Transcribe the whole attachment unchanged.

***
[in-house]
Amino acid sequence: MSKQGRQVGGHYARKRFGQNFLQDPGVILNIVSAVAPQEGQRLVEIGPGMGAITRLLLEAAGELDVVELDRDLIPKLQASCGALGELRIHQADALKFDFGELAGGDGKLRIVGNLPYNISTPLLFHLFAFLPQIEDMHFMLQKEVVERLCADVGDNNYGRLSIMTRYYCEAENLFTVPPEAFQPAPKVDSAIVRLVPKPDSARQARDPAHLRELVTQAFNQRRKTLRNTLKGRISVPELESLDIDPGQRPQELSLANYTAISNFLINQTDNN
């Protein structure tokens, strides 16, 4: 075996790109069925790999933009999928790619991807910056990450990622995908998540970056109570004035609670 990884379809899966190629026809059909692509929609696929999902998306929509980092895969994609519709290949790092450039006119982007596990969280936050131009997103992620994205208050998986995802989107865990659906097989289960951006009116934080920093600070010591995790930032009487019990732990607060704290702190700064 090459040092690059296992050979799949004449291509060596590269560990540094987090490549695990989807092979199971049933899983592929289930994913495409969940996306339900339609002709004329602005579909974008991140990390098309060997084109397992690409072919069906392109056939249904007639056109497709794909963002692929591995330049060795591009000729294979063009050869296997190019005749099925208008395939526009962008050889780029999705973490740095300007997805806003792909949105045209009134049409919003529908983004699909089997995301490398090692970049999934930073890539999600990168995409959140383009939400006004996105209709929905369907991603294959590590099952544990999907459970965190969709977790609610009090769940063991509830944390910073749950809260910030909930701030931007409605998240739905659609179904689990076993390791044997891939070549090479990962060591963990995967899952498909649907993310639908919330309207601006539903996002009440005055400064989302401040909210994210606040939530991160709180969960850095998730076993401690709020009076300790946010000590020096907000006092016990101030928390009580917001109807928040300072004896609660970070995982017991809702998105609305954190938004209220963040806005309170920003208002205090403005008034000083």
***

[in-house]
Amino acid sequence: MSKQGRQVGGHYARKRFGQNFLQDPGVILNIVSAVAPQEGQRLVEIGPGMGAITRLLLEAAGELDVVELDRDLIPKLQASCGALGELRIHQADALKFDFGELAGGDGKLRIVGNLPYNISTPLLFHLFAFLPQIEDMHFMLQKEVVERLCADVGDNNYGRLSIMTRYYCEAENLFTVPPEAFQPAPKVDSAIVRLVPKPDSARQARDPAHLRELVTQAFNQRRKTLRNTLKGRISVPELESLDIDPGQRPQELSLANYTAISNFLINQTDNN
């Protein structure tokens, strides 16, 4: 075996790109069925790999933009999928790619991807910056990450990622995908998540970056109570004035609670 990884379809899966190629026809059909692509929609696929999902998306929509980092895969994609519709290949790092450039006119982007596990969280936050131009997103992620994205208050998986995802989107865990659906097989289960951006009116934080920093600070010591995790930032009487019990732990607060704290702190700064 090459040092690059296992050979799949004449291509060596590269560990540094987090490549695990989807092979199971049933899983592929289930994913495409969940996306339900339609002709004329602005579909974008991140990390098309060997084109397992690409072919069906392109056939249904007639056109497709794909963002692929591995330049060795591009000729294979063009050869296997190019005749099925208008395939526009962008050889780029999705973490740095300007997805806003792909949105045209009134049409919003529908983004699909089997995301490398090692970049999934930073890539999600990168995409959140383009939400006004996105209709929905369907991603294959590590099952544990999907459970965190969709977790609610009090769940063991509830944390910073749950809260910030909930701030931007409605998240739905659609179904689990076993390791044997891939070549090479990962060591963990995967899952498909649907993310639908919330309207601006539903996002009440005055400064989302401040909210994210606040939530991160709180969960850095998730076993401690709020009076300790946010000590020096907000006092016990101030928390009580917001109807928040300072004896609660970070995982017991809702998105609305954190938004209220963040806005309170920003208002205090403005008034000083």